Adverse Reactions

Cardiovascular system reactions in digital arteriography included transient PVCs (16%) and PACs (6.5%). (See ADVERSE REACTIONS: Intravascular—General.)

Dosage and Administration

The usual injection volume of OMNIPAQUE 350 for the intravenous digital technique is 30 mL to 50 mL of a 350 mgI/mL solution. This is administered as a bolus at 7.5 to 30 mL/second using a pressure injector. The volume and rate of injection will depend primarily on the type of equipment and technique used.

Frequently three or more injections may be required, up to a total volume not to exceed 250 mL (87.5 gI).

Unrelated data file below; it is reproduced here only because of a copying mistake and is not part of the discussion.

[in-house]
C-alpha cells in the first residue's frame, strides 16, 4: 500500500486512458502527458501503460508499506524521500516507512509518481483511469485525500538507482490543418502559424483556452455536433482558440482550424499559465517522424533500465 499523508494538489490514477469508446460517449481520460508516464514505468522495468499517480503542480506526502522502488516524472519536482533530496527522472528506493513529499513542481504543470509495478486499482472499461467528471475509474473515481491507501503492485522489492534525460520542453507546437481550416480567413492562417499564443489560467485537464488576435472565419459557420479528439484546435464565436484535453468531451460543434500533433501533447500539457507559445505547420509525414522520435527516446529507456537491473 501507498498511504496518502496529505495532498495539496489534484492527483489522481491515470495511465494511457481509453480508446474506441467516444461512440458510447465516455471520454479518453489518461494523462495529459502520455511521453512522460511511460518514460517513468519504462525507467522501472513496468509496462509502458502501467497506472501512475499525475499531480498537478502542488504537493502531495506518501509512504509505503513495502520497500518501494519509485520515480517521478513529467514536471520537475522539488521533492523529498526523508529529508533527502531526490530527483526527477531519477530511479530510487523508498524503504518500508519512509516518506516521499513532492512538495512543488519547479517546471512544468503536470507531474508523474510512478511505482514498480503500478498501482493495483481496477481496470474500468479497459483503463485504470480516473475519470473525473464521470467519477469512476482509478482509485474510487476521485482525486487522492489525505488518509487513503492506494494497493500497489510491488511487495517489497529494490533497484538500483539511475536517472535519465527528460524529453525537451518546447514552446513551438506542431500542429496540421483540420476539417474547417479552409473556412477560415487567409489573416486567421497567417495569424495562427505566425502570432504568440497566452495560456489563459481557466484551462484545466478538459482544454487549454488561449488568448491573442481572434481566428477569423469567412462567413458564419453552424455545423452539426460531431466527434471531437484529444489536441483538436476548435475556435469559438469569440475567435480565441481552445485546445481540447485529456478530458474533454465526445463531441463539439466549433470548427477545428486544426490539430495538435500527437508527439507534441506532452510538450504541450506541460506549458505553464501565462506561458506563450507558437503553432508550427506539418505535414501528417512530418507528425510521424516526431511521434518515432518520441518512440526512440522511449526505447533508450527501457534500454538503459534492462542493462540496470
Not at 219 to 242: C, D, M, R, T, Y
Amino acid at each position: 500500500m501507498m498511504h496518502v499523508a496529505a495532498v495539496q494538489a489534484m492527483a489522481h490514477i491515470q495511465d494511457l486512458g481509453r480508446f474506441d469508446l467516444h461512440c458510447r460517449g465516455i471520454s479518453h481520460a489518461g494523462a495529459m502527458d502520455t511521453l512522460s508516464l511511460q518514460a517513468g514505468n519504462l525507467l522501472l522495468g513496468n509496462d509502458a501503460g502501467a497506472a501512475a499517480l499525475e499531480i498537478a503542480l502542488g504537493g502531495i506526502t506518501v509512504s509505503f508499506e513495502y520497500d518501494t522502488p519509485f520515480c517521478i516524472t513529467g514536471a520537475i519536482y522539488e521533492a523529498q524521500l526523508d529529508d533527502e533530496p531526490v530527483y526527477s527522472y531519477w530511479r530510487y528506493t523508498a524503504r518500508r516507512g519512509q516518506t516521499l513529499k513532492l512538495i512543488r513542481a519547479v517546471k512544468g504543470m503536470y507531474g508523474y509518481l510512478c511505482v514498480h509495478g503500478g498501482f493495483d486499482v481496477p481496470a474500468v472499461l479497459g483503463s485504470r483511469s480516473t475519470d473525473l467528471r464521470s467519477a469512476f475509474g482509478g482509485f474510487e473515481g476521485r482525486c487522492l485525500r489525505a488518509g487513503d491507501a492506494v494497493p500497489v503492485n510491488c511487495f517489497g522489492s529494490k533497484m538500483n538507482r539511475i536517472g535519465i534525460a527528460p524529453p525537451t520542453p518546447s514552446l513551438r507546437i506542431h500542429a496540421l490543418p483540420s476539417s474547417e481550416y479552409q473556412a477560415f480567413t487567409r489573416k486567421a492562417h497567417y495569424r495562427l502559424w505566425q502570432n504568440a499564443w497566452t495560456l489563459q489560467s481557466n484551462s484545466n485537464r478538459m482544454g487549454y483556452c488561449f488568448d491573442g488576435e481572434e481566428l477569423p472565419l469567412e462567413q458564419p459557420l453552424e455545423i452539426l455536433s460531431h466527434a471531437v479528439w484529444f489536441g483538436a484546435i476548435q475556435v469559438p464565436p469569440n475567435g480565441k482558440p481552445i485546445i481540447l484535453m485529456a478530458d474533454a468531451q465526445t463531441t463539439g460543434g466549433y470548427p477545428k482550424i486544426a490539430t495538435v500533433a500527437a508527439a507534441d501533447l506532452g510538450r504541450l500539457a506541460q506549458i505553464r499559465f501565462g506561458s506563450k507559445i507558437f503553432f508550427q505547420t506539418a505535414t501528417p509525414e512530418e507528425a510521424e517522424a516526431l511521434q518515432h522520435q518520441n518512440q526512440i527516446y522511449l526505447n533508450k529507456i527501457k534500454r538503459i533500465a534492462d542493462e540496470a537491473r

PERIPHERAL ANGIOGRAPHY

OMNIPAQUE 300 at a concentration of 300 mgI/mL or OMNIPAQUE 350 at a concentration of 350 mgI/mL is indicated in adults for use in peripheral arteriography. OMNIPAQUE 300 at a concentration of 300 mgI/mL is indicated in adults for use in peripheral venography.

Sedative medication may be employed prior to use. Anesthesia is not considered necessary. Patient discomfort during and immediately following injection is substantially less than that following injection of various other contrast media. Moderate to severe discomfort is very unusual.

Precautions

Pulsation should be present in the artery to be injected. In thromboangiitis obliterans, or ascending infection associated with severe ischemia, angiography should be performed with extreme caution, if at all. (See PRECAUTIONS—General.)

Adverse Reactions

A transient sensation of mild warmth is usual, immediately following injection. This has not interfered with the procedure.